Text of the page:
Wednesday 5 September 2012

On the radio

UPDATE: Sadly, I didn't make it to the lolcats today after all. But you can hear me come over all inarticulate when Kathryn announces my new job, and wax all lyrical about my visit to Te Papa.

Today on the radio I'm going to be talking about my first real visit to Michael Parekowhai's On first looking into Chapman's Homer, and why I think it is such an unusual and moving experience, and the Walker Art Center's Internet Cat Video Film Festival - a seemingly silly idea that drew a crowd of ~10,000 people and might tell us something important about how digital life can bring us together in the real world.

Some links:

Michael Parekowhai at Te Papa

Thursday night events at Te Papa:

Jenny Harper, Commissioner of Parekowhai’s project for the Venice Biennale, and musician James Illingworth and singer Kirsten Te Rito, 6 September

Rawiri Paratene reading poems by Hone Tuwhare, and a performance Lexus Song Quest Finalist Isabella Moore, 13 September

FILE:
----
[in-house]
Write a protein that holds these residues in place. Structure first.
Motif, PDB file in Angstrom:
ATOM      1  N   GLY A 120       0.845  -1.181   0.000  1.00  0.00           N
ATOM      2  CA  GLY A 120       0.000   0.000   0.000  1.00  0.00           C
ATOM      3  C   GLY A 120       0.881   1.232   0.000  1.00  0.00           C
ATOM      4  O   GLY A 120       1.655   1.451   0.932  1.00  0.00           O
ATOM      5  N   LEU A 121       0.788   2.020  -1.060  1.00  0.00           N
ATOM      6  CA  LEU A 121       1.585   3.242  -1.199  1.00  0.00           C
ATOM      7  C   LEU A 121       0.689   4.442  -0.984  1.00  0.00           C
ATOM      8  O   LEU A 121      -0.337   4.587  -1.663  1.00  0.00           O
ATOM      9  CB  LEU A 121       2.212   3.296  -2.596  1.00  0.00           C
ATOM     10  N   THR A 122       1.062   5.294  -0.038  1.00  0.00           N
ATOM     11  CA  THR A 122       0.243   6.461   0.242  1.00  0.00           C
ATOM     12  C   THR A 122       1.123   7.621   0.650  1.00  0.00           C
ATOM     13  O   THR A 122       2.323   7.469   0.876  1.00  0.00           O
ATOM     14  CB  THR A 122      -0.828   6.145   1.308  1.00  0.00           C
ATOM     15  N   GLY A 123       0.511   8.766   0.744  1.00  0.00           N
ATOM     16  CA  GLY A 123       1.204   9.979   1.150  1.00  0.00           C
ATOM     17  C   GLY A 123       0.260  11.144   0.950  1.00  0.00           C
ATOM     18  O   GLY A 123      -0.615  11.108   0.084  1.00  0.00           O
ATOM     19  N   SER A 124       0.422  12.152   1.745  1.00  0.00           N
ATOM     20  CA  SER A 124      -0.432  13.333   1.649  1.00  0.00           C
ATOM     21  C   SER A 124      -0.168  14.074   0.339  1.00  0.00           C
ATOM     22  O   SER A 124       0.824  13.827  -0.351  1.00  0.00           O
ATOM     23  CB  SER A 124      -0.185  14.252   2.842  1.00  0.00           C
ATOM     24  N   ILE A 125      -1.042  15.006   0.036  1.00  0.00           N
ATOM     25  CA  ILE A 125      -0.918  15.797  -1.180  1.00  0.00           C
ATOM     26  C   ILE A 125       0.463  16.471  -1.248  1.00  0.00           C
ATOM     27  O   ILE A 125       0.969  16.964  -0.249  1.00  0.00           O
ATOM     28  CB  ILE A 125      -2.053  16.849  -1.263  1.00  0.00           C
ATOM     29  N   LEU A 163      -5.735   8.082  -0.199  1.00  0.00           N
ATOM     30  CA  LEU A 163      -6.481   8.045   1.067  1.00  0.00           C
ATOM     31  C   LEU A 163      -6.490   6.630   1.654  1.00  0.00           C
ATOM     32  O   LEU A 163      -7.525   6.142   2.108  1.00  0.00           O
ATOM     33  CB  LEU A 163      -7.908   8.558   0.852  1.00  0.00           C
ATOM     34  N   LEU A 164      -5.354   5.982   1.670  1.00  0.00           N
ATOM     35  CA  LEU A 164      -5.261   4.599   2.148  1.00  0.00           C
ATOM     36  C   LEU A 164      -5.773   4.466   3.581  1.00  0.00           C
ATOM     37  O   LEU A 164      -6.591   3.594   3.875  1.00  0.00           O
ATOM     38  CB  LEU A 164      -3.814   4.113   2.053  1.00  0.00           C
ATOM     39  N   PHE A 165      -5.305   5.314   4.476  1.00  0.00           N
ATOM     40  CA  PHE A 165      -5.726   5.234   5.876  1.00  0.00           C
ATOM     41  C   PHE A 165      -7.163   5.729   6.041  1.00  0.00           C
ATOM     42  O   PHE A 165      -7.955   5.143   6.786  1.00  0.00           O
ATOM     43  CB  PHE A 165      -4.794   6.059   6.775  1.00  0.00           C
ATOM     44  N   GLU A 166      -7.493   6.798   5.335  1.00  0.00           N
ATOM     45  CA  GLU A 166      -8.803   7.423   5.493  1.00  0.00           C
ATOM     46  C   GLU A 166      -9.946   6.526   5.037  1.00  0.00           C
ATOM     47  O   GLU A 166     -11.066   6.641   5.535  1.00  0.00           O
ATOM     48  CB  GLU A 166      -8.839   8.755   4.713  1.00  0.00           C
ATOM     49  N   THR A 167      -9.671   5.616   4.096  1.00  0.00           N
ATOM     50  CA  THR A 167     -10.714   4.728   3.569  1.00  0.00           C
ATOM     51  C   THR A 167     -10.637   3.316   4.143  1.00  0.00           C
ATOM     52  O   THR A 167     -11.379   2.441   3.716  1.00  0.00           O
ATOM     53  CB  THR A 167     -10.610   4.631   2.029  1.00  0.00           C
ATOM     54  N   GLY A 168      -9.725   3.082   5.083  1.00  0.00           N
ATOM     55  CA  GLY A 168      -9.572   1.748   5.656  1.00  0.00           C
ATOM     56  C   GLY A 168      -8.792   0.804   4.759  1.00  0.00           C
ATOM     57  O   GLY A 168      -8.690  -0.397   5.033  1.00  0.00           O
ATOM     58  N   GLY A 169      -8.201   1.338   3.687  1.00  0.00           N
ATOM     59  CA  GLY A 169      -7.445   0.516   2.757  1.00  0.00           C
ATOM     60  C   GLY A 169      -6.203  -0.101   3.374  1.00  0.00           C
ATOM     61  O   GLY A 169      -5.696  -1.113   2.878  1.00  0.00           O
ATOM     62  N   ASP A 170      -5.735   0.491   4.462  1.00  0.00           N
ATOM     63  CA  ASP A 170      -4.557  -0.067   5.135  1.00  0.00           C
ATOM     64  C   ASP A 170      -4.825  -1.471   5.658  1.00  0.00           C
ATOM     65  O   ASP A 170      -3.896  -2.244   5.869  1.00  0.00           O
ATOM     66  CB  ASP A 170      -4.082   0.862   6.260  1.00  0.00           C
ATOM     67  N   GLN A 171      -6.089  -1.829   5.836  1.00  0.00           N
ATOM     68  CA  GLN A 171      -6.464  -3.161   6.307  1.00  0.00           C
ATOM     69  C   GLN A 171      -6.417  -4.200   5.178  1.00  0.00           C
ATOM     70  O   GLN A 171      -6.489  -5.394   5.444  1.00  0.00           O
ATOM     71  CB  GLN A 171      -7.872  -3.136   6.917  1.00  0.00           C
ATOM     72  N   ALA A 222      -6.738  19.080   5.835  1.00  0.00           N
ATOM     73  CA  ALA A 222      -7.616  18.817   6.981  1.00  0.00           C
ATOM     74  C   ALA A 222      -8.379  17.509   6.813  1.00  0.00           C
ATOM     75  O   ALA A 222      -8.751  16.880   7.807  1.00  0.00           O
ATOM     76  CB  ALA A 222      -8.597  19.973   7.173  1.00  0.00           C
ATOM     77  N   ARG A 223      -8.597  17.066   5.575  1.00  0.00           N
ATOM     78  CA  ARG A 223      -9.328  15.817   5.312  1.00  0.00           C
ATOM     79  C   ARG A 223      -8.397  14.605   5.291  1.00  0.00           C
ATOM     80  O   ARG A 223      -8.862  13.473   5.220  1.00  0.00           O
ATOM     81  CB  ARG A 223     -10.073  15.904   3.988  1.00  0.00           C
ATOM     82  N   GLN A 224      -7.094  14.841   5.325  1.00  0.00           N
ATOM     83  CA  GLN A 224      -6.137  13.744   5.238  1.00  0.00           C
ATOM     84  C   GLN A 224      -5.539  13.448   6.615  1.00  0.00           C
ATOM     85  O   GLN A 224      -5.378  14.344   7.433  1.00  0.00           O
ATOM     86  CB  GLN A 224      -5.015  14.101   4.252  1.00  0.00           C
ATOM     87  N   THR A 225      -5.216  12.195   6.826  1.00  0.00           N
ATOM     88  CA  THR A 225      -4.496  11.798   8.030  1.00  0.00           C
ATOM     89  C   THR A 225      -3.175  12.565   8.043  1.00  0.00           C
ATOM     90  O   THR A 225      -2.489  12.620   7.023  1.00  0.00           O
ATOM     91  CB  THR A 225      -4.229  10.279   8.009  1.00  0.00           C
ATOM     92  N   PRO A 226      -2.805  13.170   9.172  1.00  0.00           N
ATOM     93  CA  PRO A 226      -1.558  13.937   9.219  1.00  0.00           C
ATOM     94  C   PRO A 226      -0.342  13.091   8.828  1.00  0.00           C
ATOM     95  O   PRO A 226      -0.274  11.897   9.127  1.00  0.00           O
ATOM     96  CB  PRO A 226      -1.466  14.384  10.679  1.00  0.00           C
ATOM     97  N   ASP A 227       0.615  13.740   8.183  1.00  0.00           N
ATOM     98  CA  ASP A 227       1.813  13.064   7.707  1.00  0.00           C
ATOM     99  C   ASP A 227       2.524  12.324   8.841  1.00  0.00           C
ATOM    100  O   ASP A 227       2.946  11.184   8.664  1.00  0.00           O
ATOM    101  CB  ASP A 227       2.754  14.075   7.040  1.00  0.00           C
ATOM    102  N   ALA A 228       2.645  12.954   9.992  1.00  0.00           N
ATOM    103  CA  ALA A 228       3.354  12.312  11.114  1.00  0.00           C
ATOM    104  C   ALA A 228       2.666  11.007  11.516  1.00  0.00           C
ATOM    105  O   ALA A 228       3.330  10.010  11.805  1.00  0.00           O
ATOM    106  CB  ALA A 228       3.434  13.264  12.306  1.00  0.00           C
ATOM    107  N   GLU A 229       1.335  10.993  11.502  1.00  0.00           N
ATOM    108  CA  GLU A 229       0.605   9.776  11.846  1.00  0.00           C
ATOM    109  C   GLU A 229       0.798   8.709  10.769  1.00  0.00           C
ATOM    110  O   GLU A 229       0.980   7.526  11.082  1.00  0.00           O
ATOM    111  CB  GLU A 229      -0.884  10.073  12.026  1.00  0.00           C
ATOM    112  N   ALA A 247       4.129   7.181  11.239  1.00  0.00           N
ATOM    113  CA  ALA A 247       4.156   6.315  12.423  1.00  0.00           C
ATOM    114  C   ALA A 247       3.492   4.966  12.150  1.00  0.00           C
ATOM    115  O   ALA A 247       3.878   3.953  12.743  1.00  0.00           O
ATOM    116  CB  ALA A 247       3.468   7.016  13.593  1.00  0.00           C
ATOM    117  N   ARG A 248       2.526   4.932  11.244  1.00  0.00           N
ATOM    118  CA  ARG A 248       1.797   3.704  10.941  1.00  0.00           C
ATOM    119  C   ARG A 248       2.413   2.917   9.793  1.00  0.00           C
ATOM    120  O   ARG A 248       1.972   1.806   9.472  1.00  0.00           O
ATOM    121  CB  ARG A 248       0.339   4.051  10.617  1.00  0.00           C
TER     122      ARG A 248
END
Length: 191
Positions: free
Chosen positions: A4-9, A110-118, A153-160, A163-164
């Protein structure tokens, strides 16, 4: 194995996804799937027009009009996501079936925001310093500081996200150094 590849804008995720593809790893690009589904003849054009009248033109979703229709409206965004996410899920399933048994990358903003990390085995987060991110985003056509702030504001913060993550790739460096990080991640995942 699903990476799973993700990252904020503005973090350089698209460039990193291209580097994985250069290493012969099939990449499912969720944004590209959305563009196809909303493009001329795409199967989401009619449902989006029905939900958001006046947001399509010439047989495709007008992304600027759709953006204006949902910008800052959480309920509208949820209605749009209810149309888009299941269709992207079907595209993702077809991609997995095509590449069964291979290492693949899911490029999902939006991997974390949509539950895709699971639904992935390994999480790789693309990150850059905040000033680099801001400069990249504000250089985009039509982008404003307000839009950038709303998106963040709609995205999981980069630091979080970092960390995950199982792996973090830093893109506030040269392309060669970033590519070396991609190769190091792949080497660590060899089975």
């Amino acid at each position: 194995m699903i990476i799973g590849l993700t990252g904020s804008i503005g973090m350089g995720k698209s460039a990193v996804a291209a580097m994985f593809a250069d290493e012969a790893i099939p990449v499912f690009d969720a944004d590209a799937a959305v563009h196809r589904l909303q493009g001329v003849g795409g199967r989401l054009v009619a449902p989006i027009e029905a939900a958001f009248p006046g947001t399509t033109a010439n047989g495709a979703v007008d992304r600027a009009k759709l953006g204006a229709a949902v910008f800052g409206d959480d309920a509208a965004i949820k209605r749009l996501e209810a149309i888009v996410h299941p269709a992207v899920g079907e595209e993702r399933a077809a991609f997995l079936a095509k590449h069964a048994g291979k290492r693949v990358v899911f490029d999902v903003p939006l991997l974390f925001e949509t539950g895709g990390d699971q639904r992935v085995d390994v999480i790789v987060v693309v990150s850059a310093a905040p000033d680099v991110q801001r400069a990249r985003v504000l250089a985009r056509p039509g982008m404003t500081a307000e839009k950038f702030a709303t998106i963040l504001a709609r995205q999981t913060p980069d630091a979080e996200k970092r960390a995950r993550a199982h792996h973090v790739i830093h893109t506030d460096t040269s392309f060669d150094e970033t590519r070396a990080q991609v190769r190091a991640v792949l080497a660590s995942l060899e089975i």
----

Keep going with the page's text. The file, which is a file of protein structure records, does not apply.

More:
Cushla Parekowhai, Michael Parekowhai’s sister and collaborator, and singer Mere Boynton and pianist Taanga Lawrence, 20 September 

The Walker Art Center’s Open Field programme

The Internet Cat Video Film Festival

New York Times article on the Internet Cat Video Film Festival

This is also a good time to note that Nate Solas from the Walker Art Center is one of the keynote speakers at this year's National Digital Forum conference (as is Aaron Straup Cope, who I have been internet-stalking since Museums and the Web 2008. Don't be too scared though Aaron. I'm actually quite friendly.). The conference is on Tuesday and Wednesday 20-21 November, with workshops on the Monday. Registration is now early, and travel grants and subsidised registrations have been announced. As a previous Board member and conference convenor I am no doubt biased (or perhaps simply proud) when I say that this is a world-class event and relevant to anyone working in a cultural organisation that's trying to reach out into the world beyond its physical galleries. You should be telling the people who hold the purse strings to send you along now.

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